We currently have seven patients in our Animal Care Center’s turtle rehab area – three Kemp’s ridleys, three green sea turtles and one loggerhead.

One of our green sea turtle patients

One of our green sea turtle patients

All seven of our turtle patients are being treated for cold stunning – a hypothermic reaction that occurs when sea turtles are exposed to cold water for a prolonged period of time. In addition to cold stunning, two of the turtles have also presented common complications including pneumonia and unstable blood pH. Our team is working hard to treat these specific problems and the overall health of each turtle.

This Kemp's ridley is used to its new surroundings in our turtle rehab area!

This Kemp’s ridley is used to its new surroundings in our turtle rehab area!

The loggerhead turtle was the first patient to arrive at our facility from New England. In addition to being cold stunned, this turtle had also suffered from a dramatic injury to its front-right flipper, sustained before the initial rescue. As a result, the flipper had to be amputated. Although we’re always saddened to see these types of severe injuries, this new patient is a great example of how far our animal rehabilitation efforts have come in recent years.

Our loggerhead patient is by far our largest!

Our loggerhead patient is by far our largest!

As many may know, our beloved 400-pound green sea turtle, Calypso, originally came to National Aquarium as a rescue. Weighing just 6 pounds, this small turtle was cold stunned and had an infected left front flipper. The flipper was not treatable and was amputated. After the amputation, Calypso was deemed “non-releasable” by the National Oceanic and Atmospheric Association (NOAA).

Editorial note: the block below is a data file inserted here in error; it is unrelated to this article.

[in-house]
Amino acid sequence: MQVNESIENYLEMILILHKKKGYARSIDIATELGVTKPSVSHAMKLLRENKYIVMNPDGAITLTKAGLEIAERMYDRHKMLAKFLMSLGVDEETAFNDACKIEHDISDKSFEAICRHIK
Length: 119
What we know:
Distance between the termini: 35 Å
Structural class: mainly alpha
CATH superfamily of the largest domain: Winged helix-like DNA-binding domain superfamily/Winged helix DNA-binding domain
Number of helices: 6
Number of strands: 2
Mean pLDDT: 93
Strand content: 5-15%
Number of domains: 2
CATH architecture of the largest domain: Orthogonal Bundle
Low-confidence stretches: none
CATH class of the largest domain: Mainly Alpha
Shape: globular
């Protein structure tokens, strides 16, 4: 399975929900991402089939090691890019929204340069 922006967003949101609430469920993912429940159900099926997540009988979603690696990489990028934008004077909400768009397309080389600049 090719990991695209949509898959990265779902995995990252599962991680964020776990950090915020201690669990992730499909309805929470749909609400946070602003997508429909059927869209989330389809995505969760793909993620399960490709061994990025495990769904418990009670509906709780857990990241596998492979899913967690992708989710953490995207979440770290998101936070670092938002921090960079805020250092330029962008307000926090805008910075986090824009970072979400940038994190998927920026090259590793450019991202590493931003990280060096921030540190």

Calypso, a beloved member of our Aquarium family, has grown to weigh more than 400 lbs!

Calypso, a beloved member of our Aquarium family, has grown to weigh more than 400 pounds!

In more recent years, research has shown that many turtles with natural front flipper amputations can survive in the wild. In fact, we were able to rehabilitate and release our first turtle with an amputation, lovingly referred to as “Ed,” in 2006. Our MARP team tracked Ed via satellite tag to ensure that he was doing well after release.

We’re happy to report that our loggerhead patient is doing so well that we have an exit exam scheduled in early January. If all goes well, the turtle will be transferred to North Carolina for release!

Stay tuned for more updates from our MARP team!